Monday, October 7, 2013

Tampa by Alissa Nutting

TampaTampa by Alissa Nutting

My rating: 4 of 5 stars

Two words: disturbing and uncomfortable. Identifying with a protagonist is not necessary when the reading is so compelling. Reading this, I immediately wanted out of Celeste’s head. But, again, her is a compelling voice. It’s in how she views others, herself in particular that left me in need of something cleansing after.

Tools. Everyone and everything, here are means to be used.  There is no contrition, not much self- doubt about who she is and what she wants (more on that later) So hers is a story of a predator. And theirs isn’t one of love. There are no romantic notions in the scarily systematic fashion that things are done; or in how completely self-aware she is (“It’s just what I want.”)

Everything is viewed one way: tools. Body and her beauty are means and she fashions them thus. There’s nothing apologetic about how she goes about things. She knows, needs… and systematically goes about seeing its satisfaction. It’s that absence of remorse that troubled me first. The way she sees these kids: tools yet, again… things to get things done. Even the way she views her husband: a reverse trophy-figure. Pretty and all, but doing nothing for her; he and another are emasculated into something to get around/over/passed toward what she wants. It’s this aspect that gets you thinking, contrasting the typical gendered views of whom to avoid and who’s capable of setting off alarms.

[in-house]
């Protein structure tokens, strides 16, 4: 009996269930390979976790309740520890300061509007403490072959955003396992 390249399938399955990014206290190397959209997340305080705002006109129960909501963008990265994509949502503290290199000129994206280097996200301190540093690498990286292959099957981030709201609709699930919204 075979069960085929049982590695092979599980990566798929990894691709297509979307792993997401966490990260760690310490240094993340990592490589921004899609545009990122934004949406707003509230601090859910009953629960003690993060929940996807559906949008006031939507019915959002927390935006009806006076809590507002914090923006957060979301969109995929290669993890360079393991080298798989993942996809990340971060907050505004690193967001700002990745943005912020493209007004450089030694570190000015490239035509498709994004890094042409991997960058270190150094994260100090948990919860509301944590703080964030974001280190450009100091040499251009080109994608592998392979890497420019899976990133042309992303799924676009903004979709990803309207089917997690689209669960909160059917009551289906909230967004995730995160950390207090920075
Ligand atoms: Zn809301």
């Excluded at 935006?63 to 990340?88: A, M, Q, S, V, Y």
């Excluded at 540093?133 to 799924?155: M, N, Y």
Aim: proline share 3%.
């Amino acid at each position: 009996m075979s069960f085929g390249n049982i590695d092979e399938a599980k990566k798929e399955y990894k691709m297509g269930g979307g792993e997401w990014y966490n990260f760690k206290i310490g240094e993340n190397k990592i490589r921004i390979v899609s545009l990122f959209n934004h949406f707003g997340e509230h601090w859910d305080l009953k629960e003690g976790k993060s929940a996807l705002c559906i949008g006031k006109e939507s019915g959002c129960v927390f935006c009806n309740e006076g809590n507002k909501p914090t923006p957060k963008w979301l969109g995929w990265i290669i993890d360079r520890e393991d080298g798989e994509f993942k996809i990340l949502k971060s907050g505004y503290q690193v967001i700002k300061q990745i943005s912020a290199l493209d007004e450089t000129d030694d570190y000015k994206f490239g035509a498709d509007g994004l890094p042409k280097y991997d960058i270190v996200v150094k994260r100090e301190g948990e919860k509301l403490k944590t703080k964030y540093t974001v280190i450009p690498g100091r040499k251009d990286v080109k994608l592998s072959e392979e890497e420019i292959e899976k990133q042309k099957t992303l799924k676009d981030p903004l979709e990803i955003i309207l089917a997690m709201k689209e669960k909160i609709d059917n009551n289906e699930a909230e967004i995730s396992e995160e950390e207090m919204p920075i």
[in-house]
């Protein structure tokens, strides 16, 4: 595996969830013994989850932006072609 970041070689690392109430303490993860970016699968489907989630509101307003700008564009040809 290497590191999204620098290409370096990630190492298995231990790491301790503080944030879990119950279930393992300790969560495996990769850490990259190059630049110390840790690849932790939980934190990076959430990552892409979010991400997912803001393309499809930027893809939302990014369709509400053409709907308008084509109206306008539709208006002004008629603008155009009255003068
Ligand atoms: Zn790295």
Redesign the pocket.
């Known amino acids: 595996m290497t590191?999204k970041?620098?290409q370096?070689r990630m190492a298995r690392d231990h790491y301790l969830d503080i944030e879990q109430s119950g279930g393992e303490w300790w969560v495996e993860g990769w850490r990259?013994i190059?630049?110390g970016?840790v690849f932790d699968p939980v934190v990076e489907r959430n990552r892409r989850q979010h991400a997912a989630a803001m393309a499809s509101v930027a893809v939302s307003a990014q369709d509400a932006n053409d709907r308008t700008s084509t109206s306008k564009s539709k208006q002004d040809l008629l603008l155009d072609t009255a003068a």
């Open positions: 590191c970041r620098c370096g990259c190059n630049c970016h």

It’s the language used that’s another remarkable. Easily, it’s a tool as well. Purposefully gross, with nothing held back. Each fantasy that’s allowed reality is what takes out any possible notion of romantic, so that there is no stepping back. It’s simply about what she needs and why and how to get things done. 

So there’s how she sees others (oldly gross, completely malleable, and even more easily manipulated,) everything is a means to what satisfies. That’s what’s icky. It’s not needlessly graphic either, each fantasy makes it clear it’s not about romancing anyone. But what’s even more troubling is its honesty; it isn’t about love at all. It’s a need that’s given little sense. Her ease with it, that basic acceptance of hers negated possibilities of redemption (none is sought or granted here). Things just are. And Isn’t that simply scary? 

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